Diabetic Accounts: Was Patisserie Valerie ex-chair tricked by a false picture of the company’s health?

June 26, 2019

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2 min read

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What's going on here?

In January 2019 it was discovered that Patisserie Valerie, a chain that specialises in cakes, had manipulated their accounts by overstating cash by £30 million. They omitted a £10 million overdraft and disclosed £54 million in cash that simply didn’t exist. The question remains, who should be held responsible?

What does this mean?

The former chairman of Patisserie Valerie, Luke Johnson, broke his silence earlier this month by releasing a statement claiming that he was “tricked” into believing the company had healthy accounts by receiving solid weekly numbers, as well as comprehensive annual reports from the company’s auditors that showed no signs of fraud. Accordingly, Johnson has shifted the blame onto ex-Patisserie Valerie auditor, Grant Thornton.  He said Thornton should have spotted any inconsistencies in the company’s accounts. However, David Dunckley, chief executive of Grant Thornton, has said that it is “not his role to uncover fraud” and that those audit procedures were not set up to do so.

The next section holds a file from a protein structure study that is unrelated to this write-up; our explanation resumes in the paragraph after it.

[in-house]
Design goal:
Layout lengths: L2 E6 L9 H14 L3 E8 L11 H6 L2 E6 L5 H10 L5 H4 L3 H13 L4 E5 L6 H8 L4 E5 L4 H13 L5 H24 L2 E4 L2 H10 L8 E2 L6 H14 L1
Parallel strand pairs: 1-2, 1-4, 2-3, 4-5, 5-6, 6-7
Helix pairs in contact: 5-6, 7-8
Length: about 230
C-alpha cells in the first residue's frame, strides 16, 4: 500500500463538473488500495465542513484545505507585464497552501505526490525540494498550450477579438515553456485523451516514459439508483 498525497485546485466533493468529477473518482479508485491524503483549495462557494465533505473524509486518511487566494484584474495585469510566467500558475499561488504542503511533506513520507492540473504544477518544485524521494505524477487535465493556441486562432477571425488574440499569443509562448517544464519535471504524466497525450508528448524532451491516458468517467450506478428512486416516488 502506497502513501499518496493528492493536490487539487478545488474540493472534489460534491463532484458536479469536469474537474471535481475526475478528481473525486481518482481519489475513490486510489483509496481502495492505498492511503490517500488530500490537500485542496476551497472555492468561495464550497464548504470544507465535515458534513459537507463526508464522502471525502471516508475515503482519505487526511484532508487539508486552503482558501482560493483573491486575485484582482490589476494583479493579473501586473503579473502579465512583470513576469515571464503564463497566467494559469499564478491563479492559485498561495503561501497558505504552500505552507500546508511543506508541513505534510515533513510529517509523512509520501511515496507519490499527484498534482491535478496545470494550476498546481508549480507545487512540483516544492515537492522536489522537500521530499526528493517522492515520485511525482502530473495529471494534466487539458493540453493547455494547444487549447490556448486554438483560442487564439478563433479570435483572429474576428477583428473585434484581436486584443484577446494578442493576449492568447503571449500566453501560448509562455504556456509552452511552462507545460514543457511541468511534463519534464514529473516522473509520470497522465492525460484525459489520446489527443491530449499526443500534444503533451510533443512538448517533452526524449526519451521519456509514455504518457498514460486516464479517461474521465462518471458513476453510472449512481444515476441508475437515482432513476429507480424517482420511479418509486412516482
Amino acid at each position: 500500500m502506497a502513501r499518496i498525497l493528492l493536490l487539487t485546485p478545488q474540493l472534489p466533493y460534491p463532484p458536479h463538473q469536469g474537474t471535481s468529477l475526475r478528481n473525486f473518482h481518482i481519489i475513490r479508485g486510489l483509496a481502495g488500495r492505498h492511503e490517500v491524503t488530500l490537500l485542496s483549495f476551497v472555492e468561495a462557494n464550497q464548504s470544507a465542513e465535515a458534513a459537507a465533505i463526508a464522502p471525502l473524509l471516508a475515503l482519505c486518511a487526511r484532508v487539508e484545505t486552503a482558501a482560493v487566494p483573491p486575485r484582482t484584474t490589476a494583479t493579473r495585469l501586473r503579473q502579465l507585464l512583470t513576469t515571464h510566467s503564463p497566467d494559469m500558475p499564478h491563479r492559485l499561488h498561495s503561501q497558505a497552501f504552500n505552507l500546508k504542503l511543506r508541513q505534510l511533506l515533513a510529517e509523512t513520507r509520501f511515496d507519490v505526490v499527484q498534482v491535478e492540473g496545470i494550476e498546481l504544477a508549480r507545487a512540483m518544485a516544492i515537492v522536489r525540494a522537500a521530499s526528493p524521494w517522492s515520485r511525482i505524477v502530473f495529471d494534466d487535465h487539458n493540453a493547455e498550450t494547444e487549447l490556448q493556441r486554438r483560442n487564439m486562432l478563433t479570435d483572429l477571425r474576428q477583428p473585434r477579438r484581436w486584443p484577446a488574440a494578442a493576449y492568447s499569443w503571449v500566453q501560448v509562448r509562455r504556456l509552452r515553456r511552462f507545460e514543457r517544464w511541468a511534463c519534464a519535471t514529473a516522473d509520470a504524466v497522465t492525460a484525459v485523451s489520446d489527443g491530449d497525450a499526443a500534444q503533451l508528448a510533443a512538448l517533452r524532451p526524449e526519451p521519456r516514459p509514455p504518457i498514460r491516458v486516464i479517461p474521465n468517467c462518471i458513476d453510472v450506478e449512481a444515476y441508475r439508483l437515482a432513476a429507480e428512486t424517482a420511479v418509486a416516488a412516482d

What's the big picture effect?

Evaluating how Patisserie Valerie’s corporate governance failure came about leads us to re-examine the duties for non-executive directors and board members. When Patisserie Valerie listed on the junior Aim stock market in May 2014, the rules dictated that company directors assume personal liability for the accuracy of the information contained in stock market admission documents. While the investigation into the accuracy of invoices released to investors in 2014 is still taking place, what is already clear is that, since 2014, directors of Patisserie Valerie failed to notice major red flags. For one, they did not question why Patisserie Valerie produced much higher operating values than its competitors. However, to what extent, if at all, should directors have to examine accounts? If the directors are entitled to trust all the information that is provided to them, then the fraud case at Patisserie Valerie is perhaps not a result of unqualified directors but poor internal controls. This yet again poses the question of whether the auditors are to blame for failing to notice any account inconsistencies.

Looking to the future, determining whether the information contained in junior Aim stock market admission documents were fraudulent or not will be of utmost importance for deciding whether this is a case against individuals or the company. However, regardless of how a class action suit by investors turns out, the collapse of Patisserie Valerie should highlight the importance of quality audit work and good governance to the community of non-executive directors and board members.

Report written by Lina J

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